Answer from: Saghar Kasiri, Clinical Embryologist
It’s estimated that we are born with around one to two million follicles that hold the premature eggs in them when we are born. Therefore by the age of puberty they are estimating that we have about three to four hundred thousand follicles remaining because unfortunately our ovaries are not very efficient and a lot of these follicles that can contain the immature eggs will be disintegrated and lost by the age of puberty around 300 to 400 thousand of egg reservoir in most women.
Every month that we get our menstrual cycle, we go through our menstrual cycle and get our period, we have about seven hundred to a thousand follicles start developing in the ovary but only one of them wins the race and becomes the mature egg that we produce every month so really again we’re not very efficient through our menstrual cycle. We lose with every ovulation around 700 to 1000 follicles so if you think that this reservoir keeps going down with every period that we have no wonder that by the age of 35 we have less number of eggs available in our ovaries and by the age of 40 plus this reservoir goes down quite low.
We do not produce new eggs like men produce new sperm continuously.
Answer from: Tomas Frgala, PhD
The age of the woman is very important. The quality of the eggs actually depends on the age of the woman and their quality is best between 20 and 30, then good until 35 and acceptable until 40. After 40 it gets really complicated and there’s hardly anything that you can do to improve that situation. So age is still crucial.
Answer from: Sokratis V. Grigoriadis, B.Sc, M.Sc
This is a central question in order to better understand biology aging for the oocyte. When considering oocyte quality we should always take into account that oocytes are sensitive cells, which are produced during fetal life and do not have the ability of self-renewal. This means that everything we do in our daily life could negatively impact oocyte quality and thus our reproductive potential. It is widely accepted that as maternal age increases oocyte quality is progressively compromised. This reduction regarding both oocyte quality and ovarian reserve starts approximately after 30 years of age, becomes more intense after 35 and peaks after 40. It is a natural process where the cellular and the molecular mechanisms regulating proper oocyte functionality are compromised in several levels. Thus, errors are observed mainly with regards to the mechanisms regulating chromosome segregation during the meiotic divisions. Meiosis is a special category of cell division, which takes place during gamete production in both females and males. Errors in meiosis affect the number of chromosomes for gametes and subsequently for embryos, finally leading to aneuploidy. Thus, women of advanced age have an increased risk of embryo aneuploidy such as trisomy 21, which is widely known as Down syndrome. Apart from errors during meiosis, oocyte aging can also cause telomere shortening. Telomeres constitute short DNA sequences found at the end chromosomes which protect the genetic information from damage. As maternal age increases telomere shortening is observed, making DNA more sensitive to damage. In the same context, during our lifespan several external and internal factors can cause damage to oocyte DNA, namely mutations. Oocytes are equipped with a perplexing network of molecular factors which can successfully locate and repair these damages. However, as maternal age increases, the efficiency of these repair mechanisms is significantly impaired resulting in mutation accumulation. These mutations negatively impact both oocyte quality and its competence. Oocyte competence refers to the ability of an oocyte to successfully support embryo development. Moreover, aged oocytes are characterized by impaired mitochondria functionality. Mitochondria are small subcellular compartments serving as the ‘’powerhouse’’ of a cell, producing chemical energy required for proper oocyte functionality. Moreover, mitochondria are able to protect oocytes from the damaging effects of reactive oxygen species, which are produced from several biological and environmental processes. Thus, aged oocytes are very sensitive to oxidative stress and cannot successfully support early embryo development. In summary, oocyte aging is a normal, albeit complex biological process which is associated with impaired embryo development, embryo aneuploidy and adverse obstetrical, perinatal and neonatal outcome. Despite the fact that we cannot avoid or reverse oocyte aging, we can adopt healthy lifestyle behaviors in order to improve aging-related deterioration of oocyte quality.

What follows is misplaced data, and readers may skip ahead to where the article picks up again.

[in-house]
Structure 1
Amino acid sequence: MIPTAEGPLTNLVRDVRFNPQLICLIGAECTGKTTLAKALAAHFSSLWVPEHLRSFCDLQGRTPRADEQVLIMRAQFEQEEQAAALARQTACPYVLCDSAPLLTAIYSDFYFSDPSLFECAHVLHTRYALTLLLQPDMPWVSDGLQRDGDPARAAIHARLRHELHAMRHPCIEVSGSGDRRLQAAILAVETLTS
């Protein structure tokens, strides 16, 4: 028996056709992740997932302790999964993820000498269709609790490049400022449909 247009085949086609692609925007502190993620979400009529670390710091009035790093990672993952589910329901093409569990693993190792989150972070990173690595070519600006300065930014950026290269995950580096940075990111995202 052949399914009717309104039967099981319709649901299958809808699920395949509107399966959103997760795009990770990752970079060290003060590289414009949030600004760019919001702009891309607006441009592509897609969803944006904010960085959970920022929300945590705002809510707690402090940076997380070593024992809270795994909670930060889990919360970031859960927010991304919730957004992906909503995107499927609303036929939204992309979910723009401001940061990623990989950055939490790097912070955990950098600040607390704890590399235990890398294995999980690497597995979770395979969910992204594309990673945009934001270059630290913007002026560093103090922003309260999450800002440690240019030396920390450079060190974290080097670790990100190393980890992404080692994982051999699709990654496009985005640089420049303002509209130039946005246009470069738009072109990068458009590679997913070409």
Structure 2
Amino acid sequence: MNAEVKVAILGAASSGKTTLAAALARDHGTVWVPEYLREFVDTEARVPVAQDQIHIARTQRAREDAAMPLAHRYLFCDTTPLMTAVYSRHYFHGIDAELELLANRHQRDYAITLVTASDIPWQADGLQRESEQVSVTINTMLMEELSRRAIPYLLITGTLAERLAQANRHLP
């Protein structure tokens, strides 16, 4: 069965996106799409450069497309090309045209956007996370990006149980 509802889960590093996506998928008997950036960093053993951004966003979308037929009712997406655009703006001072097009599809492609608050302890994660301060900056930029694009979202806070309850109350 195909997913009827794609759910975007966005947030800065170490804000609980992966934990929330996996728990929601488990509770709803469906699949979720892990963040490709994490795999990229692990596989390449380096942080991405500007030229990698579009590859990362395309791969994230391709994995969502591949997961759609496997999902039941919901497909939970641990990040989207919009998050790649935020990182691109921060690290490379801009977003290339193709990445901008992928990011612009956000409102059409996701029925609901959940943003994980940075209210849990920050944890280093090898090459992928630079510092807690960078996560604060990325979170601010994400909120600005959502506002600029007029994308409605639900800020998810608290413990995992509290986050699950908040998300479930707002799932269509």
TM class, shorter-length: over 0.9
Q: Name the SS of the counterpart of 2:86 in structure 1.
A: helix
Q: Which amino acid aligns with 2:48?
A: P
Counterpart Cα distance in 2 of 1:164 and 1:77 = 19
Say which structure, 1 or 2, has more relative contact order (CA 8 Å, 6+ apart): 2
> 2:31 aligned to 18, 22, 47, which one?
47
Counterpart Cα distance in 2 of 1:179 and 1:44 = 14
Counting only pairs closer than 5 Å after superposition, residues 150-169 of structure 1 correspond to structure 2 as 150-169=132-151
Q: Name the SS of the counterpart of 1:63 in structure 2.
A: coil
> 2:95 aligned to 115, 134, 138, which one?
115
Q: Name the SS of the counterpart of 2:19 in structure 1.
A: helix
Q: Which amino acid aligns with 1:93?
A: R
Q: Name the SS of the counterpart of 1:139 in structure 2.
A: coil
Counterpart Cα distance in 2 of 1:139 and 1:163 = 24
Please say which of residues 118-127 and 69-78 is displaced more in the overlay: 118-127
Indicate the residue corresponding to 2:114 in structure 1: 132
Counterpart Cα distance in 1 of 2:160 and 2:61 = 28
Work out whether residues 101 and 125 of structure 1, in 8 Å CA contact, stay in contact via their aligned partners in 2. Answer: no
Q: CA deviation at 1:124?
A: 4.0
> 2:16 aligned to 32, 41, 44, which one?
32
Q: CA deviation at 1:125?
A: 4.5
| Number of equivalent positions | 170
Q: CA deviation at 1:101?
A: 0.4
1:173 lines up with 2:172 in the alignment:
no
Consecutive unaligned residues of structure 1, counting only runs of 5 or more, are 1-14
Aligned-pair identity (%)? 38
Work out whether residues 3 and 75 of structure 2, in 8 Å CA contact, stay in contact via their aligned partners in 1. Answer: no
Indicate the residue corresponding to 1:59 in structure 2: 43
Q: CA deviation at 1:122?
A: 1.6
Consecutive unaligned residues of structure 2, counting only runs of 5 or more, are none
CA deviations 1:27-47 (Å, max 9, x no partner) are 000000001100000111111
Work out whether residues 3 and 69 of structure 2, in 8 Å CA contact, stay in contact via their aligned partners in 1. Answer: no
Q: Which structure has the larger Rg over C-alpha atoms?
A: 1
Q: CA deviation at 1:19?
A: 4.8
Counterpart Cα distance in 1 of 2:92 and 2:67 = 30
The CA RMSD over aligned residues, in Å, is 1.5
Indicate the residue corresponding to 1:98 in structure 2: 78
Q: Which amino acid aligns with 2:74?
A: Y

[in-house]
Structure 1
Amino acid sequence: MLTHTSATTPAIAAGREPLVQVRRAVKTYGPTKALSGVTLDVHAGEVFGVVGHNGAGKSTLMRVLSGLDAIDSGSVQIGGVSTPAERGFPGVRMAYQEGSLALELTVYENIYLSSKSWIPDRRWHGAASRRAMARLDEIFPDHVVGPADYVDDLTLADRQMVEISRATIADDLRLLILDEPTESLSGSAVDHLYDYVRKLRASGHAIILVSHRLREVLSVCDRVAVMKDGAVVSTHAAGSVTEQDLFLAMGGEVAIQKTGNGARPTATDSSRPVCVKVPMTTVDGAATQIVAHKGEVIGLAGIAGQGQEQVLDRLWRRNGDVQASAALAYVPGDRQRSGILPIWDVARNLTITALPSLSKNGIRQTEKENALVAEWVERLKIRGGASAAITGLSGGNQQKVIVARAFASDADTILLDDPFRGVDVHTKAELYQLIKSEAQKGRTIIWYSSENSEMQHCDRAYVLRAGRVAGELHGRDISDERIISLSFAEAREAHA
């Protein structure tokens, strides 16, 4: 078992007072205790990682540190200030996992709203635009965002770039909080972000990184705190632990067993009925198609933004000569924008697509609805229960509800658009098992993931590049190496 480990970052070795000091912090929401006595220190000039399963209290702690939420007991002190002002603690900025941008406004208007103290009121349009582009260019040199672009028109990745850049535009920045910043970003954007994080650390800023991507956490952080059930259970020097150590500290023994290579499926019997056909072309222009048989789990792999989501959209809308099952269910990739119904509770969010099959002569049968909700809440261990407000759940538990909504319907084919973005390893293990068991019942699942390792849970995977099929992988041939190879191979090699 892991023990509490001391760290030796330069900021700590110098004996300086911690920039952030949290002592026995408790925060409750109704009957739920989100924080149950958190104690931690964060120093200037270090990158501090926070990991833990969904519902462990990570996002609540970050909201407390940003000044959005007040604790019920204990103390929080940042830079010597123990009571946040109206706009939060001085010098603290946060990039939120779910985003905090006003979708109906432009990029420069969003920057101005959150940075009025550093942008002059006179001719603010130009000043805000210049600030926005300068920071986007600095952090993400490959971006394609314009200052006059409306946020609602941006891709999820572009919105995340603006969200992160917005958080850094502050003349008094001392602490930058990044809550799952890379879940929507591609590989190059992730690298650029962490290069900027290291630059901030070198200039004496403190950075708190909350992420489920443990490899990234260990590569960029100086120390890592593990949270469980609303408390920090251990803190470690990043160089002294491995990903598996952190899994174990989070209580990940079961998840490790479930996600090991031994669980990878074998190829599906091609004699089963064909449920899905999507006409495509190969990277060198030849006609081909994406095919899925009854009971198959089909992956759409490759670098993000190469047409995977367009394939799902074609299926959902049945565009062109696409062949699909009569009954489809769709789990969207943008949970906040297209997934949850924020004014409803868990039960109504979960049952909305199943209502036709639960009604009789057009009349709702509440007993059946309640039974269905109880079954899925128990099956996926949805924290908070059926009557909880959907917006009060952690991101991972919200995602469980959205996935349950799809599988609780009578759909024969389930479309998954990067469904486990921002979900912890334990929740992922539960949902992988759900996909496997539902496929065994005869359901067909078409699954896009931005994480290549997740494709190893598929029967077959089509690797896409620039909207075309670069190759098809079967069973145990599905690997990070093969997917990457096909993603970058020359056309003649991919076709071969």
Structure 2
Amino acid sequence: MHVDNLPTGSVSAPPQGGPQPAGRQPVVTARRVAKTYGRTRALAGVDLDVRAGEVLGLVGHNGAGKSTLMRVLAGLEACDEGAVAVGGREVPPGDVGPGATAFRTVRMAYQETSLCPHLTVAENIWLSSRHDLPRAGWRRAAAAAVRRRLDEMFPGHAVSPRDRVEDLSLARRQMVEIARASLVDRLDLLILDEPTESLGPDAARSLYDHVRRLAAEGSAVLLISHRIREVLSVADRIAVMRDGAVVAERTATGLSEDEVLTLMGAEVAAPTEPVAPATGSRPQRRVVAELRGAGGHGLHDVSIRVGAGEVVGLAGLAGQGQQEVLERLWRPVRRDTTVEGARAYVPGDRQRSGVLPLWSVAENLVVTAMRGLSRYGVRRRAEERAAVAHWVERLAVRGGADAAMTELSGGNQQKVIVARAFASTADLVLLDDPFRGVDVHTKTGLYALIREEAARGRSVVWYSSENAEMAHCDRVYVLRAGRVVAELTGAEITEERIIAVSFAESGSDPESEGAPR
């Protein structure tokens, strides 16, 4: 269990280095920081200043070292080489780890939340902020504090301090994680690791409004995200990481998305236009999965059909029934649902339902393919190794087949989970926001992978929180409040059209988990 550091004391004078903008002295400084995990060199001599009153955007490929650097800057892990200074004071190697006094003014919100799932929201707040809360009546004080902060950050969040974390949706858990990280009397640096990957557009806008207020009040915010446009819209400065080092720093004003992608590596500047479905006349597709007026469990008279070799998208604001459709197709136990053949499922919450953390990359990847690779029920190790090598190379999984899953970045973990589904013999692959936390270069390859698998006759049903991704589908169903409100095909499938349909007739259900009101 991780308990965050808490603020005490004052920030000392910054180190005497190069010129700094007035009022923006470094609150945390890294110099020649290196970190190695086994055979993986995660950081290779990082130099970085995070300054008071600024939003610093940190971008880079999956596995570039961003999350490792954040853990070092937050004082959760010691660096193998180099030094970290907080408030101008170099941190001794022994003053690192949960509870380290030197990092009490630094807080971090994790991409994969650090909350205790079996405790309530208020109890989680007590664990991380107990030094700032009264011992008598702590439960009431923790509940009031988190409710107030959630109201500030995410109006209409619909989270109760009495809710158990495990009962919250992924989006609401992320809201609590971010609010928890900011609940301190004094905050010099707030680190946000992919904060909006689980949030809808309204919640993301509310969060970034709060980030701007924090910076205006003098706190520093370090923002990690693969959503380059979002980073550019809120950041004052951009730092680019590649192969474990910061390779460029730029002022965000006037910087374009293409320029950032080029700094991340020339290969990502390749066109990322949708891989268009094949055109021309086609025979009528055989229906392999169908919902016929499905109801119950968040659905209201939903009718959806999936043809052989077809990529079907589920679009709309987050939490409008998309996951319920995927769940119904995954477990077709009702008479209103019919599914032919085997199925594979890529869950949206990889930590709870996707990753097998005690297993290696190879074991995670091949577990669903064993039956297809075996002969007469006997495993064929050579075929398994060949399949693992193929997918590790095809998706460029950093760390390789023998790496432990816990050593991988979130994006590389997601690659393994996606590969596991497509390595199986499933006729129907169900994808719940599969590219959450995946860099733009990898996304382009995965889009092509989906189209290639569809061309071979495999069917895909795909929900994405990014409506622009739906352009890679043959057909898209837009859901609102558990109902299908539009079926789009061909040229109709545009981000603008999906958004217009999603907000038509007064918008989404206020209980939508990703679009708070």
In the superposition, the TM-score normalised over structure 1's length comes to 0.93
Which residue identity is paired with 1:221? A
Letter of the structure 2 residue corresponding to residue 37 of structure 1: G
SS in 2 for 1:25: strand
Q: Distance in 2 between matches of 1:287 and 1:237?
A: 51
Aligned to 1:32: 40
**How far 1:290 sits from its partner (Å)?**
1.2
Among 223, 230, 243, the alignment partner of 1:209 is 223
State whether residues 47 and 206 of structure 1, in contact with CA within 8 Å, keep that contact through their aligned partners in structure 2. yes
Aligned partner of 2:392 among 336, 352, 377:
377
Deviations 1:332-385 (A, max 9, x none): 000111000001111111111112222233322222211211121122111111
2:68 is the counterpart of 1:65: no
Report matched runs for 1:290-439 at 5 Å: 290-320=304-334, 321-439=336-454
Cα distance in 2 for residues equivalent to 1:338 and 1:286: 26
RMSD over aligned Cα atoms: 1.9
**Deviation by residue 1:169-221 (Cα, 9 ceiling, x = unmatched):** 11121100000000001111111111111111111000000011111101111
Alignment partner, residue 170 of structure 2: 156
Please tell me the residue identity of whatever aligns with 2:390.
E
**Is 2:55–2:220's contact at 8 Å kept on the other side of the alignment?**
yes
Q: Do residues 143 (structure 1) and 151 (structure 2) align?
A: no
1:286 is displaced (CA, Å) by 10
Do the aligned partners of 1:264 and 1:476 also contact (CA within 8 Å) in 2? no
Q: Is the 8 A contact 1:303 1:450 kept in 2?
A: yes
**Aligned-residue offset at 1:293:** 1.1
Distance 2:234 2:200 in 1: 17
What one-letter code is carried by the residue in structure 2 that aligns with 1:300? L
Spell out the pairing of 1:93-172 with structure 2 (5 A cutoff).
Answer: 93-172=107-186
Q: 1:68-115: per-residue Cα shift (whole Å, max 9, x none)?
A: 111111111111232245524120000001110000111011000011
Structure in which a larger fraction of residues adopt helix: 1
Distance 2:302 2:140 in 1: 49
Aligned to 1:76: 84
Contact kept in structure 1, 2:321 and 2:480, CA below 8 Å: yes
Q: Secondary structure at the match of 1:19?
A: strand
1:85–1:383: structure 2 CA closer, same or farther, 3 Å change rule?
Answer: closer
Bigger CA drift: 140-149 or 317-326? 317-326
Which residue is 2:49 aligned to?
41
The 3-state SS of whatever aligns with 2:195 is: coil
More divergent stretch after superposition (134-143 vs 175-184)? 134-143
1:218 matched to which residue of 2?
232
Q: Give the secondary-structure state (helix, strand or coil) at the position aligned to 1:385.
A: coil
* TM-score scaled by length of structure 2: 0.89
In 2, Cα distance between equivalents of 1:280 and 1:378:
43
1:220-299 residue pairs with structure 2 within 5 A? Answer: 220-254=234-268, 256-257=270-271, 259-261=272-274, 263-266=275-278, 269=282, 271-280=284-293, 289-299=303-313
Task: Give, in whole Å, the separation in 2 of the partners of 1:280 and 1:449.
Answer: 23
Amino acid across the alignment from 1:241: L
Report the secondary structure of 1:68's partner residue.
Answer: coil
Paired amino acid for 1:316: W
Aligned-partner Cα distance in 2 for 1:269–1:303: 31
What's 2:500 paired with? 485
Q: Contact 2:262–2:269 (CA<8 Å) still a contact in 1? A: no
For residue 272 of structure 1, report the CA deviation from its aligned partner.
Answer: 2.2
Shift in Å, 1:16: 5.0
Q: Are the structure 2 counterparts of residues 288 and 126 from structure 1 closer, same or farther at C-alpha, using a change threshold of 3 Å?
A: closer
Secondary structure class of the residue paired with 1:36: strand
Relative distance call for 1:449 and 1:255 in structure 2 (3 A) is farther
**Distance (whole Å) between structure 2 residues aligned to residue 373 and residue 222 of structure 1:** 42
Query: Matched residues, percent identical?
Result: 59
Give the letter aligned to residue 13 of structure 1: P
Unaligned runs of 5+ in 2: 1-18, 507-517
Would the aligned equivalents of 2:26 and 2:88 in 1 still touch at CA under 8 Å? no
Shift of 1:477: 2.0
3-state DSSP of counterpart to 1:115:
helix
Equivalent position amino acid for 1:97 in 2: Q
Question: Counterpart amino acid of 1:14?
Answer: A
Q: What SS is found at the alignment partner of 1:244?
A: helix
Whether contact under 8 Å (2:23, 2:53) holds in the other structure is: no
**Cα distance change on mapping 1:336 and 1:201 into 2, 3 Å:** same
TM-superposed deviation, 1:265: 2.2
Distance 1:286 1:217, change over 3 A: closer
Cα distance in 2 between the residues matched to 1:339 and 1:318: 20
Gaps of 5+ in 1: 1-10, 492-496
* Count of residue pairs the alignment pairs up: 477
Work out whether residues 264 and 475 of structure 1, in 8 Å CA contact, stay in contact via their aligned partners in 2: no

How does age affect egg quality?
Studies proved that the number of eggs decreases with age. Age is affecting not only the number of eggs but it has an effect on its quality. Over the age of 35 the chances for miscarriage caused to abnormal embryos dramatically rises. We need to keep in mind that pregnancy in advanced age is also at higher risk for both and child and mother.